Revelations in a new documentary show how Australia recovered from nervous early wobbles to shock the world in 2020. Now they are steeled to do it again.
Revelations in a new documentary show how Australia recovered from nervous early wobbles to shock the world in 2020. Now they are steeled to do it again.

Aussie stars want Ricky Ponting’s world record

All the nerves and nail-biting stresses of Australia's wobbly start at the T20 World Cup last year returned as Meg Lanning watched the documentary that delivered every detail of her team's ultimate triumph at the MCG.

Even though the Aussie skipper knew it all turned out well, Lanning willingly rode the rollercoaster again.

But the value of going through that tournament, at home, as favourites, carrying hopes for a world record crowd at the MCG in the final, can't be understated.

It hadn't been that hard before for an outfit always at the top, so used to winning.

It was a learning experience Lanning said would have a significant impact when the Aussies try to do what they have never done and win the one-day World Cup in New Zealand next year.

"Absolutely. Just in terms of dealing with things when they don't quite go your way," Lanning told the NCA NewsWire.

"It was just learning how to deal with that, not getting too stressed about it is the important thing and making sure the team feeds off that as well.

"If you get a bit flustered as a leader, everyone can see that. Making sure we are not relying on one or two people, that was important as well."

The challenges Australia faced at the T20 World Cup included a tournament-ending hamstring injury to star all-rounder Ellyse Perry. Picture: AAP Image/Scott Barbour
The challenges Australia faced at the T20 World Cup included a tournament-ending hamstring injury to star all-rounder Ellyse Perry. Picture: AAP Image/Scott Barbour

 

The documentary reveals a rare meeting of the batters, called by eventual player of the tournamentBeth Mooney after a first-up loss to India and a close call against Sri Lanka, turned the tide.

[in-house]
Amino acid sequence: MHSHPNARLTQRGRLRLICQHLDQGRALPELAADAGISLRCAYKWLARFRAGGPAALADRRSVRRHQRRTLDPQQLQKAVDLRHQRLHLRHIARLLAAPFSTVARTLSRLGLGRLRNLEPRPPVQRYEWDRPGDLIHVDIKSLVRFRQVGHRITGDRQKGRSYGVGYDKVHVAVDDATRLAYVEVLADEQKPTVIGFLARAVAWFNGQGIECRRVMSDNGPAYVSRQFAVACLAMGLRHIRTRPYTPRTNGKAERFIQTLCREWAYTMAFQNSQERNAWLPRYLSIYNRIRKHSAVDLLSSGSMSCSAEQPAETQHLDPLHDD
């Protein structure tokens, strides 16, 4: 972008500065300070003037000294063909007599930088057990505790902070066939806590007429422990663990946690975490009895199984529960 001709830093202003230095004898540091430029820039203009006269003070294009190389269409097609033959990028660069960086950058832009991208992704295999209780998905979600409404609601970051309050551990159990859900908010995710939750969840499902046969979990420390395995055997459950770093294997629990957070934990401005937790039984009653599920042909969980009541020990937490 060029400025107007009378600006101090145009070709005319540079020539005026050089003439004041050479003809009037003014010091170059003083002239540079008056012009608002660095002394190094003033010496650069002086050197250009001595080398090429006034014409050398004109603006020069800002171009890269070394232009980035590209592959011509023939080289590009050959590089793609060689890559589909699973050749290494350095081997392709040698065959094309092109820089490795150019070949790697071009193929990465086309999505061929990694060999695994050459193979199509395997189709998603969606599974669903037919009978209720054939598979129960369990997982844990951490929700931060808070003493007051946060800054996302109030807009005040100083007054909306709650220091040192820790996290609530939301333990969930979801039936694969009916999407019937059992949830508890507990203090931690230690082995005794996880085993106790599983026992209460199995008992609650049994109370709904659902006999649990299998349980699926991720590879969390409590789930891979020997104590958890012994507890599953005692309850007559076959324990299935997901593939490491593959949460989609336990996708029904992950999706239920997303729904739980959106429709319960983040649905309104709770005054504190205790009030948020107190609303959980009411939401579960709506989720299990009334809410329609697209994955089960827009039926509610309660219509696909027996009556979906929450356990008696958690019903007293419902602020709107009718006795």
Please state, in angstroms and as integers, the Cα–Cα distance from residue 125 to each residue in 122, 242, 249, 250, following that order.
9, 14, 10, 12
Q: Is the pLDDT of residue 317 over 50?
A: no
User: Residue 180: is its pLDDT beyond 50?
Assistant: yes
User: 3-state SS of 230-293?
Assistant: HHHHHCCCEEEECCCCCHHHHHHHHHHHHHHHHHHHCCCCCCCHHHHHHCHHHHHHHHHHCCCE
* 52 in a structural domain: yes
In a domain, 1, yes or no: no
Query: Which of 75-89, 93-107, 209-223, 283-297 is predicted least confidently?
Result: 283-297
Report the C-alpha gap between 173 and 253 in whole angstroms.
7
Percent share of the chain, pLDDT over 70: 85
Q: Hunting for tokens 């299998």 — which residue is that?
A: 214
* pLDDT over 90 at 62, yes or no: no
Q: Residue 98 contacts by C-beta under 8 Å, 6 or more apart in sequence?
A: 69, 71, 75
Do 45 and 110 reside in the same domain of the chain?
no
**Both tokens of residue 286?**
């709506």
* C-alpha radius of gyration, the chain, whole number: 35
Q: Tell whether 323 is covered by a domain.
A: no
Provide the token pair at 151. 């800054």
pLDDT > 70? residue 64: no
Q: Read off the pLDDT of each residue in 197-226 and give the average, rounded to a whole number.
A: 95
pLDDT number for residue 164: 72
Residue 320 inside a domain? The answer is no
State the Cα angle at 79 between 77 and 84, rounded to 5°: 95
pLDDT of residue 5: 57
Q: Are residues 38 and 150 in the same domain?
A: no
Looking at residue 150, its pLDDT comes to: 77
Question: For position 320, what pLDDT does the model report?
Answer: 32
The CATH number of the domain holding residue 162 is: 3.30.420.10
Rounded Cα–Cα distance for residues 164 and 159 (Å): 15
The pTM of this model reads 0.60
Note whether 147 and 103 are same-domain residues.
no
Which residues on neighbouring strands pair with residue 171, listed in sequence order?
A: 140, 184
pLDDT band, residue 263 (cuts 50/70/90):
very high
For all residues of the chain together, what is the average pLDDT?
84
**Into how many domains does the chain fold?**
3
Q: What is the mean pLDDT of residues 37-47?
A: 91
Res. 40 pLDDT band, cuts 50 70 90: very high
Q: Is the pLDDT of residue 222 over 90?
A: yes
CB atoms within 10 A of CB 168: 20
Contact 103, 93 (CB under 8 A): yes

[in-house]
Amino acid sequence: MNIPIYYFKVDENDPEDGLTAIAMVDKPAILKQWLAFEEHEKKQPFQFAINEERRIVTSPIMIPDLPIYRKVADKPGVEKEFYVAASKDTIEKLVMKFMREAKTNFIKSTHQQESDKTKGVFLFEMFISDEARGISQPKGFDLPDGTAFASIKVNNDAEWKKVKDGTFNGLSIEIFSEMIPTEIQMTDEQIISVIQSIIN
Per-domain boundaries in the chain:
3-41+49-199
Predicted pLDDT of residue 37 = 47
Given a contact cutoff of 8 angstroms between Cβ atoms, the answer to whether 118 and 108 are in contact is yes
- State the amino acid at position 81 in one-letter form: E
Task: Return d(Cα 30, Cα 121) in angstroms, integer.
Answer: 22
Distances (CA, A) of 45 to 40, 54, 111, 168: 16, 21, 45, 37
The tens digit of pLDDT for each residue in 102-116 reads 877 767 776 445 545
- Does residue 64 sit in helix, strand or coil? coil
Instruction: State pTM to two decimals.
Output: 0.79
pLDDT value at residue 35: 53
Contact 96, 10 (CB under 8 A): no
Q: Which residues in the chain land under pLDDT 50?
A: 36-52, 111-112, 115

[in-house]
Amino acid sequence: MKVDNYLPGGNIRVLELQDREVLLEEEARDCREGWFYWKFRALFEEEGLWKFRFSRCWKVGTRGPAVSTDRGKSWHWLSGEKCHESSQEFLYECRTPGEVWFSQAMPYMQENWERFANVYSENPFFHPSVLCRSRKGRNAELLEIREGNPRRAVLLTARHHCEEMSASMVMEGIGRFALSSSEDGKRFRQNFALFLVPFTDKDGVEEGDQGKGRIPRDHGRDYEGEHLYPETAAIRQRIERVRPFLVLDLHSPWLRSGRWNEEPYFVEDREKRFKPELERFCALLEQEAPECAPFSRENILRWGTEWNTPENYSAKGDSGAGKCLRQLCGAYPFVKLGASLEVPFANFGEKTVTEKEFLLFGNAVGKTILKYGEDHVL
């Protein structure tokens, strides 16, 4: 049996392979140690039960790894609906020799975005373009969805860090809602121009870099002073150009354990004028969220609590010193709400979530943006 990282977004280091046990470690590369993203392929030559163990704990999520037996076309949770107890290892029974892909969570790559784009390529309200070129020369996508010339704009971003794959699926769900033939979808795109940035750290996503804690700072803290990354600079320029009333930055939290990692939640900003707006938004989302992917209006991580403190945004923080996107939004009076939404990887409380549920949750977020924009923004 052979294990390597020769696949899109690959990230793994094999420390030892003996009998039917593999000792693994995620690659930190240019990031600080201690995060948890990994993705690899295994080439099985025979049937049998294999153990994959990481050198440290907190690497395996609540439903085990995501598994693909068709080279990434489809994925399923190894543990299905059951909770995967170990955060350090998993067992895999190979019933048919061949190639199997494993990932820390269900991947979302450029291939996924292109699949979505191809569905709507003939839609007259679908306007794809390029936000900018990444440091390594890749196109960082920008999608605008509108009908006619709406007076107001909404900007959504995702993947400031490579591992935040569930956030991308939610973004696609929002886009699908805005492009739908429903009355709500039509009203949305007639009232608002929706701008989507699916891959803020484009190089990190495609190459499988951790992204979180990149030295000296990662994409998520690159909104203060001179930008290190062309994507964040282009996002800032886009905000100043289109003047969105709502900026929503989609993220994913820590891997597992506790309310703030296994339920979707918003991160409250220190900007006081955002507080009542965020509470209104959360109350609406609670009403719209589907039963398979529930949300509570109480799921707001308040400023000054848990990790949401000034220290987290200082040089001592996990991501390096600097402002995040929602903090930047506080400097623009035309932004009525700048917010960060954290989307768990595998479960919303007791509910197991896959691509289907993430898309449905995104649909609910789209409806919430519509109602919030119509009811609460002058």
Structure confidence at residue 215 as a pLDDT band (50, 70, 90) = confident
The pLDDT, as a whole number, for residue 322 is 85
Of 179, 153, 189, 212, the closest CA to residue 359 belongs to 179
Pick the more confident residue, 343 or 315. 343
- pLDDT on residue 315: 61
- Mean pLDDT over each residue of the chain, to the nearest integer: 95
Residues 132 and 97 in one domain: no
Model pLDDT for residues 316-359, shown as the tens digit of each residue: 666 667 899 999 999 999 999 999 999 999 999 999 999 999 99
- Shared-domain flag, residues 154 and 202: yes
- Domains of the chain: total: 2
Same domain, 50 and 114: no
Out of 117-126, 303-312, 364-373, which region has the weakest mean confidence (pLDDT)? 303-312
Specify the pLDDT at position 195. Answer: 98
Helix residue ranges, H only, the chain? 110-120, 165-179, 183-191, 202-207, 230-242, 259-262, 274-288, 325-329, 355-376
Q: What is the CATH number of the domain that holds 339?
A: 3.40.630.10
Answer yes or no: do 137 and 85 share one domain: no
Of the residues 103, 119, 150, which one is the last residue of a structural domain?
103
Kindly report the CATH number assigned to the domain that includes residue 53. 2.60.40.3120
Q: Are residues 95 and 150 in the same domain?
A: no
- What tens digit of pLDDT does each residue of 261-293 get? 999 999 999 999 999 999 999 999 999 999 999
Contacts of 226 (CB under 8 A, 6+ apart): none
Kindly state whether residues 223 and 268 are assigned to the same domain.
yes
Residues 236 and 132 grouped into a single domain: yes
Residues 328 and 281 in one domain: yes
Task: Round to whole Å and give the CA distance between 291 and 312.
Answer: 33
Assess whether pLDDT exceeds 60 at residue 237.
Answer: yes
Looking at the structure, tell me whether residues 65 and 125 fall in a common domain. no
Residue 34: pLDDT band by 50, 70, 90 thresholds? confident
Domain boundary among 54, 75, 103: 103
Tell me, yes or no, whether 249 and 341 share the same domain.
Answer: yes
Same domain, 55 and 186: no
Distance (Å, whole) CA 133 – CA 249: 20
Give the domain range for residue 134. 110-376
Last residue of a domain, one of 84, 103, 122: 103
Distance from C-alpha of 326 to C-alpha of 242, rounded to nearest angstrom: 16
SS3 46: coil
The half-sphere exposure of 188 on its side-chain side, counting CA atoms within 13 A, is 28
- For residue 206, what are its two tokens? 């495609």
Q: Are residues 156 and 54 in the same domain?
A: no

Lanning said the players opened up in that meeting, conceded they were feeling the pressure despite public statements otherwise, setting a standard they would now carry forward.

"The other key out of that meeting was it reinforced that everyone was feeling the same, but we hadn't really expressed that before it," she said.

"Everyone was a touch apprehensive and really wanted to do well, so perhaps we were being a bit timid.

"When you hear other people talk about it, it becomes a little more clear what you need to do.

"We talked a little bit as a group, that was more around trying to embrace what was coming. The difficulty for us was we didn't really know what it was going to be like until we were in the thick of it.

"We had never experienced a lead-in to a home World Cup, with so much talk about it, especially about the final.

"We did leave it down to the individuals with how they wanted to speak about that, but as a group, the messaging was about trying to embrace it. But that had an impact and we had to adjust as we went."

Success brings its own pressures too, and in April, Lanning and her team will line up against New Zealand with a world record up for grabs.

A victory would give the Aussies 22 ODI wins in a row, breaking the 21-game winning-streak set by the men's team led by Ricky Ponting.

"That world record has been spoken about a lot more by the media than us as a squad," she said.

"But when we do hear about the team that holds the record currently and the greats that are in that. It is a great opportunity for us to keep going.

"The best thing about that is it has been over a long period of time, it's benne two or three years, it hasn't just been a couple of good series. That shows we have been able to maintain really high standards and improve as well. We need to keep doing that."

Meg Lanning and the Aussies stormed to home World Cup success in 2020. Picture: AAP Image/Scott Barbour
Meg Lanning and the Aussies stormed to home World Cup success in 2020. Picture: AAP Image/Scott Barbour

 

 

Achieving the world record would mean Lanning's team arrives at next year's ODI World Cup with even more expectation. They would be the best team, expected to be the best team, and win a title that has eluded them.

Lanning now knows that pressure, intimately, and how they handled it is on "The Record" for everyone to see.

So she's confident that riding the rollercoaster could be a little bit easier next time.

"The perception from the outside can be that everything is well and under control, and that's the impression we try to give off," she said.

"But leading into the previous World Cup in 2017 we didn't get put under pressure a lot, and we probably got exposed when we were under the pump.

"This time around I feel like we have had to deal with certain things. That prepares us really well. We have evolved as a team.

"We want to keep getting better and the fact we don't hold the 50-over World Cup, that's a massive carrot for us, and there is a lot of determination within the group to win that tournament.

"You need a lot of things to go your way to get it right, we know that, we've experienced that, and we're all better for it."

The documentary The Record will air exclusively on Amazon Prime Video from Friday, February 12

 

 

Originally published as Aussie stars want Ricky Ponting's world record


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